Time Management - Prioritization

  Hort Snacks - March 2017
Download 1115K pdf file ("HortSnacks-Mar2017-reduced.pdf")PDF
     Subscribe to our free E-Newsletter, "Agri-News" (formerly RTW This Week)Agri-News
This Week
     Hort Snacks HomeHort Snacks Home
 There is only so much time in any given day, week, month or year to get necessary work done. Given that we can’t realistically work every minute of every day of every week, our useable time is actually fairly small. When you start shaving off pieces of time for all of the necessary things like eating, sleeping, answering the call(s) of nature, that total time block gets a lot smaller. If you start trying to chopping off blocks of time for things like sick time, vacations or weekends, it gets even smaller. Try to add in discretionary activity time, like time with family and friends, volunteering and, heaven forbid it, fun, it becomes very difficult.

At the end of the day, if you want to “be effective” and “get everything done”, you are going to have to make sacrifices and prioritize your time. There are days when some things are going to have to be left for another day, simply because they CAN actually wait, whereas other task MUST be done. It can be challenging to cut things from the To Do List.

One of the epic leadership gurus of our day was Stephen R. Covey. While I’ve never managed to make the time to read all of his work, some of the principles that he taught have percolated down to me through people around me. One of his points relates to time management and priority-setting and has stuck with me.

IMPORTANTQ1 – Urgent & Important:
Immediate & important deadlines
Q2 – Not Urgent but Important:
Long-term strategizing & development
NOT IMPORTANTQ3 – Urgent but Not Important:
Time pressured distractions
Q4 – Not Urgent & Not Important:
Of little value – Breaks, etc.

It all comes down to determining how urgent a task is and then score how important it is to you. I believe that the idea is to focus on the truly critical tasks (those that fall within Quadrant 1) before moving on to other quadrants. Thankfully, you can apply your own set of subjective criteria to the mix. In some cases, other peoples’ needs might drive up the priority level somewhat, but you are still in control.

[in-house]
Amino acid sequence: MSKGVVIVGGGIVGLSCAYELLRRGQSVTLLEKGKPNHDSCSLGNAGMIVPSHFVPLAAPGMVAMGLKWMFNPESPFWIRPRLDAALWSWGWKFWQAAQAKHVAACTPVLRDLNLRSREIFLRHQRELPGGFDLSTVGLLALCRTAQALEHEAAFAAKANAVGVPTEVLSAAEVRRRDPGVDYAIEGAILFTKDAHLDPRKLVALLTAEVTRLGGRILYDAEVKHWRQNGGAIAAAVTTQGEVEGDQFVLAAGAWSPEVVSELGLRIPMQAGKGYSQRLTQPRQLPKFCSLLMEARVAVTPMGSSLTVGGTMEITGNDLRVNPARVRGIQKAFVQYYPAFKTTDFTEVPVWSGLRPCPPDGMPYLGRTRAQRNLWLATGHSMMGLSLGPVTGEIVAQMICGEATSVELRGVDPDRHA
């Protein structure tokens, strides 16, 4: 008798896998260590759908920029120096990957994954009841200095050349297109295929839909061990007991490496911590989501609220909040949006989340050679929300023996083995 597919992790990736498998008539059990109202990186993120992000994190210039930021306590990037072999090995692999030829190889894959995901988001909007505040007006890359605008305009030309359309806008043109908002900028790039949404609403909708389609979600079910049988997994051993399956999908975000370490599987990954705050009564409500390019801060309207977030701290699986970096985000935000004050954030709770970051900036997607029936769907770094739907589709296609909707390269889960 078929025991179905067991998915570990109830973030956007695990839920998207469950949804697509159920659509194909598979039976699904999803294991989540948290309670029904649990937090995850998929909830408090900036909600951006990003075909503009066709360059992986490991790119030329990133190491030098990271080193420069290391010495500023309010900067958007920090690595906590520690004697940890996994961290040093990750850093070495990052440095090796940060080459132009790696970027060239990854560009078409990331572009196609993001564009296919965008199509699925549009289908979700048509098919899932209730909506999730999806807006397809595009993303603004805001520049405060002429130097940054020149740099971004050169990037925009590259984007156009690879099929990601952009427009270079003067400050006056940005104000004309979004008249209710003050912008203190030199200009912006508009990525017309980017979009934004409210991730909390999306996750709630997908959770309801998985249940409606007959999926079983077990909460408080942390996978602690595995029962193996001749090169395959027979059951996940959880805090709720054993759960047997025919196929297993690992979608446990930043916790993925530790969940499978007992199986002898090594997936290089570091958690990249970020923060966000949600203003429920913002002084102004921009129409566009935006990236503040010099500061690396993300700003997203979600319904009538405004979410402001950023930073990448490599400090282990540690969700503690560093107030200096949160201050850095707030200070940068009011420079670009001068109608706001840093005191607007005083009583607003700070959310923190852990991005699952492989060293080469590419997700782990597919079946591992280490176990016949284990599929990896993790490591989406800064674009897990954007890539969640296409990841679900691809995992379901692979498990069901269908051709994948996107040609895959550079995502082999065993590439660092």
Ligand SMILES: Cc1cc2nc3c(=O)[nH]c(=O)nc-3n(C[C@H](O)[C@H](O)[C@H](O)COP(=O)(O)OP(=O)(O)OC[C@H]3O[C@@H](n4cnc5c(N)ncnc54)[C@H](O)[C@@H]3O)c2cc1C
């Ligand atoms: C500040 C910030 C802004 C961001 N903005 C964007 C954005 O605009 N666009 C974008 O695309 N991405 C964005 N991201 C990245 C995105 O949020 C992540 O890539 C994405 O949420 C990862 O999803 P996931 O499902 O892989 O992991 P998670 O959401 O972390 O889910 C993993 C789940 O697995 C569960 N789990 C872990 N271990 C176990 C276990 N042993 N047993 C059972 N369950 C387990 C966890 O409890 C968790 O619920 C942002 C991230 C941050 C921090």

You should make sure to be honest with both the urgency and the importance rating that you assign each task. It is easy to superficially say that everything you have to do is super urgent and super critical. Be realistic. That is not the case.

Personally, I also think that you should sometimes slot in time blocks for important things that aren’t urgent, as this allows you to keep your overall course correct. If you spend all of your time with your head down, going full speed ahead, you will eventually crash. Slowing down the pace once in a while lets your head come up to take a long distance look ahead, make some slight shifts and then you can get back to work.

When I look at the quadrants, I think that you should spend little time on tasks that fall within the Urgent/Not Important area, as those will not likely yield a lot of value and benefits. And while 4th quadrant activities might be of little value in the overall scheme of things, they can take the edge off, and represent giving a bit back to you. So, try and balance out your To Do List plate. If we follow the alimentary suggestion of having at least half your plate as vegetables (and vegetables are important and urgent), you should also balance out the meat and potatoes and have a nice dessert. In the end, you’ll find that you might not get everything done, but you’ll feel satisfied that you got done what needed doing and didn’t go insane doing it.
Share via AddThis.com
For more information about the content of this document, contact Robert Spencer.
This information published to the web on February 27, 2017.